The City of Crookston Ways and Means committee met on Monday night after the City Council meeting to discuss the Crookston Community Pool. The discussion was had after a study said that the City should put over $1 million dollars into the facility to get it to where it should be.

The pool had a water main break that flooded the basement with about three to four feet of water. After the mess was cleaned up, the City found out that two heaters were in need of repair. The repairs would be in the ballpark of $40,000.  After a long discussion and hearing from pool supporters, city council members made a motion to make the $40,000 in repairs and also contact an HVAC expert to look at the HVAC system and check the air quality, and also hire a structural engineer to do a study on the building that has brick eroding away and rust and other issues affecting the roof. “A group of citizens has come forward and said we want the pool open, and they were given information about what that would cost,” said City Administrator Corky Reynolds. “After a very thorough conversation, the council reached unanimity to seek out options to purchase the mechanisms to allow the pool to open and to employ an HVAC engineer to check the air quality and a structural engineer to do the additional testing that our feasibility study recommended.”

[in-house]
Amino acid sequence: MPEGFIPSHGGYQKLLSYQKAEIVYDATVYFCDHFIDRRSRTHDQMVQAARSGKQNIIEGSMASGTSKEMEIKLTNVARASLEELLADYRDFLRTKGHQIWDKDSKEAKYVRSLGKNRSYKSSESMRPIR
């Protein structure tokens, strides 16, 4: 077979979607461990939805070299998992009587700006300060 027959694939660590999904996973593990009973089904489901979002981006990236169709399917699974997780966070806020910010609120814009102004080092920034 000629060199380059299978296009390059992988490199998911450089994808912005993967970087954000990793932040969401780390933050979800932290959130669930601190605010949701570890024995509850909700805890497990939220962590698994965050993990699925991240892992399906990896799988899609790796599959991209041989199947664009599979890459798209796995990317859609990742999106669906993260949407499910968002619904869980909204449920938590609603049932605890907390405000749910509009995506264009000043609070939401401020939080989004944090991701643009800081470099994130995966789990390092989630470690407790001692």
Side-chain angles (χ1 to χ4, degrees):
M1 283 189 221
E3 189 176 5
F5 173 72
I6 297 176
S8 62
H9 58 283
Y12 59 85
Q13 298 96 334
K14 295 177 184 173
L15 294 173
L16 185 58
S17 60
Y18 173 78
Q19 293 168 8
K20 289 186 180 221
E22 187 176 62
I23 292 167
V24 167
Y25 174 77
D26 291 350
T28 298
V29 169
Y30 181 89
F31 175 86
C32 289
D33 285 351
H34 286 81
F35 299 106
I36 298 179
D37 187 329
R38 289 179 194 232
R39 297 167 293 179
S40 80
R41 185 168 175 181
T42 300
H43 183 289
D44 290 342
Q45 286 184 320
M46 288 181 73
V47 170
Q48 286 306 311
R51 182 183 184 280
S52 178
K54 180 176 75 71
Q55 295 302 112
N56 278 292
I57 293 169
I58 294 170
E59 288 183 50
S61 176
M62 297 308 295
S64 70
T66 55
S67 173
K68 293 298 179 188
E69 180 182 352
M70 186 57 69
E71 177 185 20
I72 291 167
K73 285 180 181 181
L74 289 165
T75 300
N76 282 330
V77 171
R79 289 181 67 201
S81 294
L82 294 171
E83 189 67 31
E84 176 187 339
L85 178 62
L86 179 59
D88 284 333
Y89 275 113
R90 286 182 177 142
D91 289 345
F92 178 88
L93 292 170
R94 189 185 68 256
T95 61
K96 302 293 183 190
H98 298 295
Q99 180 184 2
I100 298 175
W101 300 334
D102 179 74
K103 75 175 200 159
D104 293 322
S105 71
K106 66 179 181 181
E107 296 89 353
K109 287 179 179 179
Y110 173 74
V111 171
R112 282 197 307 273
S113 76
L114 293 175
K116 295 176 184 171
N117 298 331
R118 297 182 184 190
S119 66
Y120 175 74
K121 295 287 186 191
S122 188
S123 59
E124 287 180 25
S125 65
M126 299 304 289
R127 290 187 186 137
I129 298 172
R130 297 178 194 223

The purpose of hiring an HVAC engineer and a structural engineer is to find out what kind of shape the pool is in, according to Reynolds. “The feasibility report that was delivered to us a couple of months ago said we think this is what it would cost, and we think these are the problems, but to be sure, get the specialist to analyze the air quality and the actual physical building itself to see how bad the degradation and the spoilage that has occurred.”

Several options on what they could do with the pool were given by City Administrator Corky Reynolds.
1. Close the pool
2. Close the pool and fill in the pool and use the building for other things.
3. Knock down the pool and build a new one
4. Close the pool, knock it down, and build an outdoor pool
5. Have a joint powers agreement with the school district and build a new pool attached to the high school.
6. Fix up the pool and keep it open.

The city will fix the heaters to get the pool open again and will wait to find out what the structural engineer and the HVAC specialist find before moving forward with other repairs or pool decisions.